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Urology. 1987 Nov;30(5):427-35.

Radical prostatectomy for stage D1 prostate cancer. Prognostic variables and results of treatment.

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  • 1Department of Urology, New York University School of Medicine, New York.


Surgical extirpation of the primary tumor together with the involved regional nodes has been considered ineffective treatment for locally disseminated prostatic carcinoma. We retrospectively reviewed our experience with 42 patients with Stage D1 disease who underwent radical prostatectomy and bilateral pelvic lymphadenectomy and who had a follow-up of one to thirteen years (mean 5 years). The following variables affecting survival and tumor progression were analyzed: (1) tumor grade and local extent; (2) number of positive lymph nodes, and (3) adjuvant therapy. The overall five- and ten-year survival was 79.5 per cent and 28 per cent compared with the expected survival of an age-matched control group of 88 per cent and 28 per cent, respectively. The degree of tumor differentiation had no effect on prognosis, but local tumor bulk and the number of involved lymph nodes significantly changed the disease progression and survival rate. Patients with low local tumor bulk and one positive node survived as long as the age-matched male population group. Our data suggest that radical prostatectomy may represent a valuable treatment in selected patients with Stage D1 prostate carcinoma.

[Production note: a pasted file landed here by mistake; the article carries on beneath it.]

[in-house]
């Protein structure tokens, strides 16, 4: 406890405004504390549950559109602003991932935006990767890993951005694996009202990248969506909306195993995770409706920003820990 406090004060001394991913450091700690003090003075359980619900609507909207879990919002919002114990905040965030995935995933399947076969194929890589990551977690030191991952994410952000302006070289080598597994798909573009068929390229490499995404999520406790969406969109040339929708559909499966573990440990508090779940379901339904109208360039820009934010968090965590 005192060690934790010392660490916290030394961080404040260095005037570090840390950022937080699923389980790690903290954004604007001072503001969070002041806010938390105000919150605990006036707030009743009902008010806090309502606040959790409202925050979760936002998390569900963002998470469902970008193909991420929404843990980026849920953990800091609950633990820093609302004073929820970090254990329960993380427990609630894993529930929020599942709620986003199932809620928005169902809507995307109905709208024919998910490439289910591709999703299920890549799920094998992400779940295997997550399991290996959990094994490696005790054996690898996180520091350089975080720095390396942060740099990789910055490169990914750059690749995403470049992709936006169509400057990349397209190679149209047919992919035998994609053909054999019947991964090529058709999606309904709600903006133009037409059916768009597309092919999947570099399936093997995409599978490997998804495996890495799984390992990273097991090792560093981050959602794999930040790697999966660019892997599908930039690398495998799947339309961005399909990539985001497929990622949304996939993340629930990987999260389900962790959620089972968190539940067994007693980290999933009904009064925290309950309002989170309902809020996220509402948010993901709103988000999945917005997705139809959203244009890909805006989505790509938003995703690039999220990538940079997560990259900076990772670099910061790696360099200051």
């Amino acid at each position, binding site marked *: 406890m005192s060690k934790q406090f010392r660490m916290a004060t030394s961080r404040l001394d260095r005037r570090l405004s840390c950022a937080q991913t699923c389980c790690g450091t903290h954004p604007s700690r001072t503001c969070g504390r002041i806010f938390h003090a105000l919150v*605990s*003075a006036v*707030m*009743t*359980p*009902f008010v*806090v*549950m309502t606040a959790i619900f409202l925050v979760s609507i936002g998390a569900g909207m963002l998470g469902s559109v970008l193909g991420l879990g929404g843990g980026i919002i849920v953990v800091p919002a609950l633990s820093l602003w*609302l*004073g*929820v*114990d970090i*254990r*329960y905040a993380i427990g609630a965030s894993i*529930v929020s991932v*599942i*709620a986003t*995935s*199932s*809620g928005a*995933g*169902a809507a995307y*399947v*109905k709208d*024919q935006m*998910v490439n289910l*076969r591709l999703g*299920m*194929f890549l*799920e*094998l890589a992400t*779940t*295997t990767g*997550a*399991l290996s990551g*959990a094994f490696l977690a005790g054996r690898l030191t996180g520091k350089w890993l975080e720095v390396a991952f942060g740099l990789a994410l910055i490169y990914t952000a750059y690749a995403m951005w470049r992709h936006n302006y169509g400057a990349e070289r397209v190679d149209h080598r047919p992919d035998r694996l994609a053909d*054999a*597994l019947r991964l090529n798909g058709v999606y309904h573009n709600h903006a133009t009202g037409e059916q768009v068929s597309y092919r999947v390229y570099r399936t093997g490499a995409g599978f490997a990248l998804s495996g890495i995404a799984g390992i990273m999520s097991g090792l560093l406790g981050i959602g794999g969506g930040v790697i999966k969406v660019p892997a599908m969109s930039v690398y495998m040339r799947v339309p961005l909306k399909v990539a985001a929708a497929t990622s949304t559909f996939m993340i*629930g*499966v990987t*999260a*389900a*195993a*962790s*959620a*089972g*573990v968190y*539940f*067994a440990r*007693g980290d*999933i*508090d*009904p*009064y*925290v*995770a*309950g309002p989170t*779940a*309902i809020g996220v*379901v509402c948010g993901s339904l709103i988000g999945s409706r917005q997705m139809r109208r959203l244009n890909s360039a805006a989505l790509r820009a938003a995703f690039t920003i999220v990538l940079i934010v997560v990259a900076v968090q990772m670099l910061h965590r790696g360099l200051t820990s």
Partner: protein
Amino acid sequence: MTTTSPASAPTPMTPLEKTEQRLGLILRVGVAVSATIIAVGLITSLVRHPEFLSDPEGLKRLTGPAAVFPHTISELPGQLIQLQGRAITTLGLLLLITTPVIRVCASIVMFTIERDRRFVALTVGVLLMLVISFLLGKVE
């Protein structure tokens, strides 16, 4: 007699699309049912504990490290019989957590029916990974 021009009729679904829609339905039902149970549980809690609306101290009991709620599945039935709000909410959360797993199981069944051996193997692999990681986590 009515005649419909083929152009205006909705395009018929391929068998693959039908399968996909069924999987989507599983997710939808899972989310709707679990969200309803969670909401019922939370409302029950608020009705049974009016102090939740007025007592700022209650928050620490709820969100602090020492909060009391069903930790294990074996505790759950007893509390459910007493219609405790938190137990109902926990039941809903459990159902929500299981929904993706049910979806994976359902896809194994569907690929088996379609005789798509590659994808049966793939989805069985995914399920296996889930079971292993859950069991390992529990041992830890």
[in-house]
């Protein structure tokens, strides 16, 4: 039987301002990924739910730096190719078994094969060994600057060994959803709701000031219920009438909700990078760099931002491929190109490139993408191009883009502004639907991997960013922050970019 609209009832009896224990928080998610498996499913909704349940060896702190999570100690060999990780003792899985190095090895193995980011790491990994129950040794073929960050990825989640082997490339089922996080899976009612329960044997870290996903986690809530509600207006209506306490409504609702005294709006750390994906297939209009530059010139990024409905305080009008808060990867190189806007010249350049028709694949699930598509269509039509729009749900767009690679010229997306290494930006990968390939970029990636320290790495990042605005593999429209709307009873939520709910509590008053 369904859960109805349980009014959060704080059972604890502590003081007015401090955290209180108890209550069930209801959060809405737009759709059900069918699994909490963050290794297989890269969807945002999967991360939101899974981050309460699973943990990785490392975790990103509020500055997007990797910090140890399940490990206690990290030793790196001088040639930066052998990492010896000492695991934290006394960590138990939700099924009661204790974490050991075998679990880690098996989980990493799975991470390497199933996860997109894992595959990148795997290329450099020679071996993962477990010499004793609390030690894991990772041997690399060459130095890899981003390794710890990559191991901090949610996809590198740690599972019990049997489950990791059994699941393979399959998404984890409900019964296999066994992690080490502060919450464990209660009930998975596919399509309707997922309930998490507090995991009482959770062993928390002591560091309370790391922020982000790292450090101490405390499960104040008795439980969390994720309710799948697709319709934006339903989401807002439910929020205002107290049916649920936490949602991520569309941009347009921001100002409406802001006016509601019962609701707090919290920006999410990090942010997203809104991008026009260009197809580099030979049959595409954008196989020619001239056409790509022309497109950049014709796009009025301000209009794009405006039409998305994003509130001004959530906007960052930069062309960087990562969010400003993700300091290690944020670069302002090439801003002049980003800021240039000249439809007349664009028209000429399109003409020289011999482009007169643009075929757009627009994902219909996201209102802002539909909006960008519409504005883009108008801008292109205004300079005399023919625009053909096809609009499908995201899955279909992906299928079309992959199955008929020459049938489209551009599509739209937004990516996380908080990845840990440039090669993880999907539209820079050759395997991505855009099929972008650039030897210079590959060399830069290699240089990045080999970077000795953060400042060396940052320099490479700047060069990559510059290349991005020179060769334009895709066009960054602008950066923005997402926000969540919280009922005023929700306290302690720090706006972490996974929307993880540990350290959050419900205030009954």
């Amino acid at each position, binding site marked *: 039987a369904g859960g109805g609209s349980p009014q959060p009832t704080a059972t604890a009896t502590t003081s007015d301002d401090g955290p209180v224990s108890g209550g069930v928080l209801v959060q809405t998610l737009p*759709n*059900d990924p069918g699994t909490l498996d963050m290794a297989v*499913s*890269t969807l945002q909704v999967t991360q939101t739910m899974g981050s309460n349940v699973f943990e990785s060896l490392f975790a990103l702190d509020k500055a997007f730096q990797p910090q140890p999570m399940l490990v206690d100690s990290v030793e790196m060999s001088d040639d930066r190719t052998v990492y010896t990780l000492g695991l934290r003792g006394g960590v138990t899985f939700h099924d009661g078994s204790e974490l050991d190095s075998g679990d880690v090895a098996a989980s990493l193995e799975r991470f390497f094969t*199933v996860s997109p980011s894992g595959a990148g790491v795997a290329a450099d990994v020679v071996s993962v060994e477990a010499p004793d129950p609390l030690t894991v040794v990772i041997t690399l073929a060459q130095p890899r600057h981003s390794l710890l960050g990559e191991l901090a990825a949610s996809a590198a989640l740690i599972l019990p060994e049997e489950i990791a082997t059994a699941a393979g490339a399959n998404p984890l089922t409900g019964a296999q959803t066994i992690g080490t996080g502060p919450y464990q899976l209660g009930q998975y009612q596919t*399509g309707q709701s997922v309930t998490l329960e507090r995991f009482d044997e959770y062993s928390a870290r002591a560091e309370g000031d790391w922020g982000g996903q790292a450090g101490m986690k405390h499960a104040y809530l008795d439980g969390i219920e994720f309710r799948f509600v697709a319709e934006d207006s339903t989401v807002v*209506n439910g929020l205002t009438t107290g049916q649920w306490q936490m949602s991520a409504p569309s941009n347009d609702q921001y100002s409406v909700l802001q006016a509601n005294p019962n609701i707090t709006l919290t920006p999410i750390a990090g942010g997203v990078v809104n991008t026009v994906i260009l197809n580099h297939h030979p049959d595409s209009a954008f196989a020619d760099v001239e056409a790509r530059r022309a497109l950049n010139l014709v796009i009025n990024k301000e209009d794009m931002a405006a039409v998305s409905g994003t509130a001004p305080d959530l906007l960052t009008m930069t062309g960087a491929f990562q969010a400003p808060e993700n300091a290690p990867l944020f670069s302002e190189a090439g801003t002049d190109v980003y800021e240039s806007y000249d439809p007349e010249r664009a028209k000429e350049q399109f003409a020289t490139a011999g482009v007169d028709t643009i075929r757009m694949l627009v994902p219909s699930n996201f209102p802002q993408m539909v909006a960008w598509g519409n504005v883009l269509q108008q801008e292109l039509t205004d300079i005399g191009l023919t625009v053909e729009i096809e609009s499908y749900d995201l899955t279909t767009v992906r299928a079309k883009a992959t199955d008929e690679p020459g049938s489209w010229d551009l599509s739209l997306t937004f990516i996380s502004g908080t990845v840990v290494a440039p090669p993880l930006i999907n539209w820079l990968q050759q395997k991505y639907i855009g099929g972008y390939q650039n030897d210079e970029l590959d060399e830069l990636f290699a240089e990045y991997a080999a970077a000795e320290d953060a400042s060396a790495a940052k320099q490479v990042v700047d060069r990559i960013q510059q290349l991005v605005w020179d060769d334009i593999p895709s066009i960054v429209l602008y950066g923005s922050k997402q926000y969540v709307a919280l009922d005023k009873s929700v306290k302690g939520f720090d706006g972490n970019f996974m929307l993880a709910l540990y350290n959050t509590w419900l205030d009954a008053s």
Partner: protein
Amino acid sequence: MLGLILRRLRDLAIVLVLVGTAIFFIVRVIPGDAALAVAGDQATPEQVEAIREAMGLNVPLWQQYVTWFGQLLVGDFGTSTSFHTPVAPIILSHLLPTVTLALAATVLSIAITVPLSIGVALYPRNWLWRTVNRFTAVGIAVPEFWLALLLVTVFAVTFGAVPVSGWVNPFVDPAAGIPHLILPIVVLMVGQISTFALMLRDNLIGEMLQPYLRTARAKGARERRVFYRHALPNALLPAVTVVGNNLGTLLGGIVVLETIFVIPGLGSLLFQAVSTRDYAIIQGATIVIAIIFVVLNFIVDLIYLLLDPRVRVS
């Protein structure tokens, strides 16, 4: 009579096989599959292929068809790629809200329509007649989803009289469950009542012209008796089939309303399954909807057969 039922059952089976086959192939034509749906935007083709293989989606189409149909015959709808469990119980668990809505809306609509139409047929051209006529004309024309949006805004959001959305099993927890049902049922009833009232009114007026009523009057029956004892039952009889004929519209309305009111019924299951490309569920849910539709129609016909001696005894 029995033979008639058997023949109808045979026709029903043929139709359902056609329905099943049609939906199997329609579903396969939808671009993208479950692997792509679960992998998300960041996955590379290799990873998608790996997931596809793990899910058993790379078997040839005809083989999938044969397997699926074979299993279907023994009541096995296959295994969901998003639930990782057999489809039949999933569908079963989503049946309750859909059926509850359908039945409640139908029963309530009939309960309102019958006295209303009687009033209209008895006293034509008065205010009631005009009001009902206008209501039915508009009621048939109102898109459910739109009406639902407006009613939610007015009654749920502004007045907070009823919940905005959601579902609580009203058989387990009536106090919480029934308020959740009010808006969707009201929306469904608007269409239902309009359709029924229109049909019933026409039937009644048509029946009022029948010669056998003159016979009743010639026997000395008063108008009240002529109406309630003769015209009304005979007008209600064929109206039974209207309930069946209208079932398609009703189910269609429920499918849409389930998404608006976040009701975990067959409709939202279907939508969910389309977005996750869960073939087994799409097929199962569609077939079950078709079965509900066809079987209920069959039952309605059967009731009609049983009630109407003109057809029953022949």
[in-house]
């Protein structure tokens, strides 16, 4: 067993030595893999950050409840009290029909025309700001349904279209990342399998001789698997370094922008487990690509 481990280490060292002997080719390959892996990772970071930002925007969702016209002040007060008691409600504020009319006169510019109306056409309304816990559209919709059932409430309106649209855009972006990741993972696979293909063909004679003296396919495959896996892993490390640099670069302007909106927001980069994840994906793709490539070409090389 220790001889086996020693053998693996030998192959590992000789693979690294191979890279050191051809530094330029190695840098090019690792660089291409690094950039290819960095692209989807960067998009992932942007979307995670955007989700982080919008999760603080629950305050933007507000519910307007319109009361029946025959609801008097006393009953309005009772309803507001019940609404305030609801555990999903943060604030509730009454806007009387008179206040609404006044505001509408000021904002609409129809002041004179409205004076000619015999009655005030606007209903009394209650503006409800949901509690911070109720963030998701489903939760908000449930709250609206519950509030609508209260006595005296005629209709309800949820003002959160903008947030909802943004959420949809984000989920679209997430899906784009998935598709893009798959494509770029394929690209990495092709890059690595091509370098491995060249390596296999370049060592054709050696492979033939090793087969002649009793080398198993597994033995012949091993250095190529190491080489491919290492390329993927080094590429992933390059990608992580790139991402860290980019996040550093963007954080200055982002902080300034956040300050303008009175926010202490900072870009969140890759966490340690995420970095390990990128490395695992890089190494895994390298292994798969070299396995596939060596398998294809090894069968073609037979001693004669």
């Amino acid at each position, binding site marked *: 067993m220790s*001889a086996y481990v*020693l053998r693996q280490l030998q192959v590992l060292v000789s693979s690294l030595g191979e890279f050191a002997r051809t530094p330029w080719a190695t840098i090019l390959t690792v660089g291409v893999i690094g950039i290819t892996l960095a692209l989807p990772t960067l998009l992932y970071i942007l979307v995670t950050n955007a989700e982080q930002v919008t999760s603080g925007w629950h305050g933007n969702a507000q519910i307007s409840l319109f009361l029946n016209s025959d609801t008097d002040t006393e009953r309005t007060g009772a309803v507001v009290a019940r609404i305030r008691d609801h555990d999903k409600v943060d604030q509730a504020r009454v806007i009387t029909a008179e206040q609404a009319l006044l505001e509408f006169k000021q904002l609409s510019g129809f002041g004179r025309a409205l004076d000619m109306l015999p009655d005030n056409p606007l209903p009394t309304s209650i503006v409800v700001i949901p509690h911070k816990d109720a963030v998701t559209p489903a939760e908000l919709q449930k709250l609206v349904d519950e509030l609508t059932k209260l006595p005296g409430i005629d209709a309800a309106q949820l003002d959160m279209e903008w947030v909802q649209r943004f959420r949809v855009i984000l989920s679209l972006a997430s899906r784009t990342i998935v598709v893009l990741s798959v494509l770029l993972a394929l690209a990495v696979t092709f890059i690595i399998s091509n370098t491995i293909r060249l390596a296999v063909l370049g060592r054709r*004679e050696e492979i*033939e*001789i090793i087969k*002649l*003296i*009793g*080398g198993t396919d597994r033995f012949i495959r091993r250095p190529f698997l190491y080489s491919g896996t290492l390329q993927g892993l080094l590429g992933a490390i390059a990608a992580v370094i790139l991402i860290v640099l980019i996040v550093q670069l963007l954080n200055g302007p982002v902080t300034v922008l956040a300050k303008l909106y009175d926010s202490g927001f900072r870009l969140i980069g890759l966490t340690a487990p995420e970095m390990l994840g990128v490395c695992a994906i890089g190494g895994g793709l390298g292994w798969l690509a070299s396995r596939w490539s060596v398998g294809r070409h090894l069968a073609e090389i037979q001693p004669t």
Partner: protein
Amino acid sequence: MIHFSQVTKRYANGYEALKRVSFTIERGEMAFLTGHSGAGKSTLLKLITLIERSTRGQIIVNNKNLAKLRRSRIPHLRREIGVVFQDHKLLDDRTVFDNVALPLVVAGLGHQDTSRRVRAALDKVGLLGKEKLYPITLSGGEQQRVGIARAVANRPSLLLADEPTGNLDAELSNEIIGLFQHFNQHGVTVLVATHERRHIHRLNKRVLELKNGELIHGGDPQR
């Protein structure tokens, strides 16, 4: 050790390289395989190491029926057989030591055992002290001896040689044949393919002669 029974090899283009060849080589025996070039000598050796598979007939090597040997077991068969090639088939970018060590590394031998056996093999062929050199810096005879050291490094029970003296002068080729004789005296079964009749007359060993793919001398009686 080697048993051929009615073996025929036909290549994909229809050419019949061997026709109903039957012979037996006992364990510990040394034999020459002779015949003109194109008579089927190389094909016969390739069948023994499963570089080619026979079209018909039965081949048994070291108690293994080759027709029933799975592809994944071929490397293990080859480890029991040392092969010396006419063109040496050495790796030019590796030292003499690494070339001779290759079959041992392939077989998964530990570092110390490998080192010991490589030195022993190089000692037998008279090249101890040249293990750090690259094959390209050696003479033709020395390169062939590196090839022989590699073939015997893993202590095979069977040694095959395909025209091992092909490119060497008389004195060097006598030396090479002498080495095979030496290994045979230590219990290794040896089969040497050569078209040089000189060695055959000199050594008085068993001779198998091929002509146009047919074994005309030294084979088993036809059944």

[PubMed - indexed for MEDLINE]
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